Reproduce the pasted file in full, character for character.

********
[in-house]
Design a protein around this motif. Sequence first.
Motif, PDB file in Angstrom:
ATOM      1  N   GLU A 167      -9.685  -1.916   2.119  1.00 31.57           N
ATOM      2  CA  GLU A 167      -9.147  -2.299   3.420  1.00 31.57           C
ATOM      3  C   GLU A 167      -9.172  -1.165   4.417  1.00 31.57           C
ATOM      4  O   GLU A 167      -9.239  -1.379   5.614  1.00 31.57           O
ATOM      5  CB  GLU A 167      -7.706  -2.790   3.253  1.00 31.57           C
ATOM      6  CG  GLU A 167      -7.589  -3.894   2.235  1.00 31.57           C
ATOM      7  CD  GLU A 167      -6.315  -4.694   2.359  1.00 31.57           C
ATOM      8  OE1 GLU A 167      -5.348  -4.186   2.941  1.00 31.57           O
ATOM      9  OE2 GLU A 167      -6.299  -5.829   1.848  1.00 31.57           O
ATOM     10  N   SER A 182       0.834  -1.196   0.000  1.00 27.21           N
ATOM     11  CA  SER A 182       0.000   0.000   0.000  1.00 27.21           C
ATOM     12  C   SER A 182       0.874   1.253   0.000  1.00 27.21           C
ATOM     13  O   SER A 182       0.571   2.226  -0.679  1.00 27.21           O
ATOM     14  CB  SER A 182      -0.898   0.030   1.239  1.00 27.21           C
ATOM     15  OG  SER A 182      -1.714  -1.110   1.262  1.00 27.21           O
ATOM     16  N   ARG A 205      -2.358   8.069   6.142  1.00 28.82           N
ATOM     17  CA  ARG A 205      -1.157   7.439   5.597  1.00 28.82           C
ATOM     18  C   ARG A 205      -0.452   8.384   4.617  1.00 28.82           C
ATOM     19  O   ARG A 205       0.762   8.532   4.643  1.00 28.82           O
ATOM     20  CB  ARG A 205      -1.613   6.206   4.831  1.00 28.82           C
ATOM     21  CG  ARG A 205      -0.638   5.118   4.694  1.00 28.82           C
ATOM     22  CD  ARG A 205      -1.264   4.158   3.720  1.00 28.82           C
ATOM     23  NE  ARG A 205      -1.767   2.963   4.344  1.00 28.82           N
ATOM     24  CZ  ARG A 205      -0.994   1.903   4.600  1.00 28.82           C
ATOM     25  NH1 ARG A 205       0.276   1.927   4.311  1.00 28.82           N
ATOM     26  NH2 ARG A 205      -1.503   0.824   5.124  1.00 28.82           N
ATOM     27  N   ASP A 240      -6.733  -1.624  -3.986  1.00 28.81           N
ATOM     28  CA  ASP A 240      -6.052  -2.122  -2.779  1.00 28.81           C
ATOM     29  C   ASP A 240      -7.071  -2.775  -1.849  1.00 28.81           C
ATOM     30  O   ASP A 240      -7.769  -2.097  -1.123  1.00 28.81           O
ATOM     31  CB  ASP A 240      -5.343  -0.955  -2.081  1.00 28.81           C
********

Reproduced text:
[in-house]
Design a protein around this motif. Sequence first.
Motif, PDB file in Angstrom:
ATOM      1  N   GLU A 167      -9.685  -1.916   2.119  1.00 31.57           N
ATOM      2  CA  GLU A 167      -9.147  -2.299   3.420  1.00 31.57           C
ATOM      3  C   GLU A 167      -9.172  -1.165   4.417  1.00 31.57           C
ATOM      4  O   GLU A 167      -9.239  -1.379   5.614  1.00 31.57           O
ATOM      5  CB  GLU A 167      -7.706  -2.790   3.253  1.00 31.57           C
ATOM      6  CG  GLU A 167      -7.589  -3.894   2.235  1.00 31.57           C
ATOM      7  CD  GLU A 167      -6.315  -4.694   2.359  1.00 31.57           C
ATOM      8  OE1 GLU A 167      -5.348  -4.186   2.941  1.00 31.57           O
ATOM      9  OE2 GLU A 167      -6.299  -5.829   1.848  1.00 31.57           O
ATOM     10  N   SER A 182       0.834  -1.196   0.000  1.00 27.21           N
ATOM     11  CA  SER A 182       0.000   0.000   0.000  1.00 27.21           C
ATOM     12  C   SER A 182       0.874   1.253   0.000  1.00 27.21           C
ATOM     13  O   SER A 182       0.571   2.226  -0.679  1.00 27.21           O
ATOM     14  CB  SER A 182      -0.898   0.030   1.239  1.00 27.21           C
ATOM     15  OG  SER A 182      -1.714  -1.110   1.262  1.00 27.21           O
ATOM     16  N   ARG A 205      -2.358   8.069   6.142  1.00 28.82           N
ATOM     17  CA  ARG A 205      -1.157   7.439   5.597  1.00 28.82           C
ATOM     18  C   ARG A 205      -0.452   8.384   4.617  1.00 28.82           C
ATOM     19  O   ARG A 205       0.762   8.532   4.643  1.00 28.82           O
ATOM     20  CB  ARG A 205      -1.613   6.206   4.831  1.00 28.82           C
ATOM     21  CG  ARG A 205      -0.638   5.118   4.694  1.00 28.82           C
ATOM     22  CD  ARG A 205      -1.264   4.158   3.720  1.00 28.82           C
ATOM     23  NE  ARG A 205      -1.767   2.963   4.344  1.00 28.82           N
ATOM     24  CZ  ARG A 205      -0.994   1.903   4.600  1.00 28.82           C
ATOM     25  NH1 ARG A 205       0.276   1.927   4.311  1.00 28.82           N
ATOM     26  NH2 ARG A 205      -1.503   0.824   5.124  1.00 28.82           N
ATOM     27  N   ASP A 240      -6.733  -1.624  -3.986  1.00 28.81           N
ATOM     28  CA  ASP A 240      -6.052  -2.122  -2.779  1.00 28.81           C
ATOM     29  C   ASP A 240      -7.071  -2.775  -1.849  1.00 28.81           C
ATOM     30  O   ASP A 240      -7.769  -2.097  -1.123  1.00 28.81           O
ATOM     31  CB  ASP A 240      -5.343  -0.955  -2.081  1.00 28.81           C